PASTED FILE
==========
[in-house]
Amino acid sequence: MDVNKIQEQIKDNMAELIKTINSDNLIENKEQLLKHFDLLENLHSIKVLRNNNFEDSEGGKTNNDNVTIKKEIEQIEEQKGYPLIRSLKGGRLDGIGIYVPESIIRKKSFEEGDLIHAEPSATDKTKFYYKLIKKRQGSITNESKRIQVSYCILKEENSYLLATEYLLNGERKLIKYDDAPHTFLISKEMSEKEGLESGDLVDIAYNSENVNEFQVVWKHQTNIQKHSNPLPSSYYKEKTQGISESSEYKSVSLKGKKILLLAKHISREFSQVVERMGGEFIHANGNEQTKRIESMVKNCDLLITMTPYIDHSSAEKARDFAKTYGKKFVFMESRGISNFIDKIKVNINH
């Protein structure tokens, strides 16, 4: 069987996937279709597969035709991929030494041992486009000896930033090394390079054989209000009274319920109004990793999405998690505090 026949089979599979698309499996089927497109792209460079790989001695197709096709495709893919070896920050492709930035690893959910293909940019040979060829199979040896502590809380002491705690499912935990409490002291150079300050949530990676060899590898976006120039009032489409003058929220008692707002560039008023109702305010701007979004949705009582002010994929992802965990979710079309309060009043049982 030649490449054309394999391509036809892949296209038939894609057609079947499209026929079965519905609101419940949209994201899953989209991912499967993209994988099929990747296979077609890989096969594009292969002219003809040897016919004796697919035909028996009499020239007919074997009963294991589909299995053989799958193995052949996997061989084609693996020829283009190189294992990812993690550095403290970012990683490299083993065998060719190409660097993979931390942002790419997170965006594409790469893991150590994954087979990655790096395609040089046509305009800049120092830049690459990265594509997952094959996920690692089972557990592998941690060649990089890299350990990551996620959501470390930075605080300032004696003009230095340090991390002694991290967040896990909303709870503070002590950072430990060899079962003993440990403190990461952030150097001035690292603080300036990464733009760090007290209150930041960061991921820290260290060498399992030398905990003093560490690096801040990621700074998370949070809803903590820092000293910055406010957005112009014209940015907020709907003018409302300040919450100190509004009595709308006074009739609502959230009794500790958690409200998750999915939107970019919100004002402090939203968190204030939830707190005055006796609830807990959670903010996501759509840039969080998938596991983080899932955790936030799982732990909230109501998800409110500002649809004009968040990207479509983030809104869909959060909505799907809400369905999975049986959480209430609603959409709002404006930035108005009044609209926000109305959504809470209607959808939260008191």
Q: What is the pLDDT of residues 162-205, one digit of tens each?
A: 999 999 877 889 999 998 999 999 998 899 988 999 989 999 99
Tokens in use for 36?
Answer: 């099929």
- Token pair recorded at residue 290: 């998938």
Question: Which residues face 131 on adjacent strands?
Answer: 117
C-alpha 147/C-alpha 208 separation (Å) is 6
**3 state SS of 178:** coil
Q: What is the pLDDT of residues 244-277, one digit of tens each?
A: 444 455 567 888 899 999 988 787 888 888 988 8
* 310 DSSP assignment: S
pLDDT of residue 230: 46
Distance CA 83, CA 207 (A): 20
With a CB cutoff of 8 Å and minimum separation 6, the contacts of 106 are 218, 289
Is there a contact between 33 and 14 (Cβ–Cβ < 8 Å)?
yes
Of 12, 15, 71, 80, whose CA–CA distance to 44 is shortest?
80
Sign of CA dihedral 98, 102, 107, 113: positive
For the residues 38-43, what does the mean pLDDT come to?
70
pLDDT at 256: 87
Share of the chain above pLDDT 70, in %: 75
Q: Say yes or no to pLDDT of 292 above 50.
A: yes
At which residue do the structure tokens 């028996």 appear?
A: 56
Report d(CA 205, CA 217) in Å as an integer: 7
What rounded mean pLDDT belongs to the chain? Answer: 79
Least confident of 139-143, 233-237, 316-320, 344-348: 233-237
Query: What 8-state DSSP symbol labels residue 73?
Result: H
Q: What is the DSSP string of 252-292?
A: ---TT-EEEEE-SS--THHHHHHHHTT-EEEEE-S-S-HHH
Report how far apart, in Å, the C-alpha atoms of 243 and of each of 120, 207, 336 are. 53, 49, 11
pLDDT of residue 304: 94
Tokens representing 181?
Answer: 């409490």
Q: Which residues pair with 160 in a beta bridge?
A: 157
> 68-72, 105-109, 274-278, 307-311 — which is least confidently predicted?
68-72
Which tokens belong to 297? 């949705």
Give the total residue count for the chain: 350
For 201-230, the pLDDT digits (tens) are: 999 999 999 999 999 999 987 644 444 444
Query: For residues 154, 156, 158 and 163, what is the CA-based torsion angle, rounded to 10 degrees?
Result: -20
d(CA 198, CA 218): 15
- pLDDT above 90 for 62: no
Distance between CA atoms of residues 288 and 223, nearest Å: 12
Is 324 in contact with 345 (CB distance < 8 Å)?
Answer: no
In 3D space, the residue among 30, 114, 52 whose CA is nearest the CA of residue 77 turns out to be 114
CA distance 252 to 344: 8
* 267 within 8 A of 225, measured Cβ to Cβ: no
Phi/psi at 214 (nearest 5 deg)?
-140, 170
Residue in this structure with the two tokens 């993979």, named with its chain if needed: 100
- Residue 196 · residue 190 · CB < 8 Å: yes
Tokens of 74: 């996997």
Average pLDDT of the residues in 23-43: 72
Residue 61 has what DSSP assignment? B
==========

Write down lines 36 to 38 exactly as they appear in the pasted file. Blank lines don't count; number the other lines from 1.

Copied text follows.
Result: H
Q: What is the DSSP string of 252-292?
A: ---TT-EEEEE-SS--THHHHHHHHTT-EEEEE-S-S-HHH